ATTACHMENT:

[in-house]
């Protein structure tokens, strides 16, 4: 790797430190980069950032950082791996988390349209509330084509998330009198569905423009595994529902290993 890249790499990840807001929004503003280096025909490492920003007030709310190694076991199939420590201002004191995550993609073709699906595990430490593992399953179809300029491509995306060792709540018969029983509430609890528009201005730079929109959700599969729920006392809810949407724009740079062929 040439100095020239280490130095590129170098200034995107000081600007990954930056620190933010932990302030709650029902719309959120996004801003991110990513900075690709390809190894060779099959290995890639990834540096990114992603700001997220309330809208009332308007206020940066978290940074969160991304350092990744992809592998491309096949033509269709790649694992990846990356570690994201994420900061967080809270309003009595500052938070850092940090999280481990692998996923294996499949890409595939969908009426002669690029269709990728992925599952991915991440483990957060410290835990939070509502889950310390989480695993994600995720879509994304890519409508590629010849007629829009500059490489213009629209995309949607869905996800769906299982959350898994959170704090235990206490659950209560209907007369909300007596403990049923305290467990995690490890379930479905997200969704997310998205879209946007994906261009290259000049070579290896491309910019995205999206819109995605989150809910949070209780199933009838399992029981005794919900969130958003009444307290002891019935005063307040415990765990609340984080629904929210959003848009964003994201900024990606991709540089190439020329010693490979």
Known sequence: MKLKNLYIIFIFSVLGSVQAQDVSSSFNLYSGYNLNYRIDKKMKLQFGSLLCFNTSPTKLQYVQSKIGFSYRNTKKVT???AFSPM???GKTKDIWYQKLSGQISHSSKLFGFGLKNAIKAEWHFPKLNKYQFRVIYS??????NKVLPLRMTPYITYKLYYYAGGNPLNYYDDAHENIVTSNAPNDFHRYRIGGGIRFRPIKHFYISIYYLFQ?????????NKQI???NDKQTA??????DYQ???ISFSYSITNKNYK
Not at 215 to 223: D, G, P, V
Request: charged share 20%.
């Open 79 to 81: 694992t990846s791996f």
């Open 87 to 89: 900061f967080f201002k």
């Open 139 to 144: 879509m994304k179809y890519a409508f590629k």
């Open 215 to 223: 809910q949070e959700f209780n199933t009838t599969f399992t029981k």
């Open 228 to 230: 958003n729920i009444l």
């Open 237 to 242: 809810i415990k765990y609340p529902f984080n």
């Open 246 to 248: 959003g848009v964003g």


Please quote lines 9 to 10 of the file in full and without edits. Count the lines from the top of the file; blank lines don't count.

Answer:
């Open 215 to 223: 809910q949070e959700f209780n199933t009838t599969f399992t029981k």
């Open 228 to 230: 958003n729920i009444l």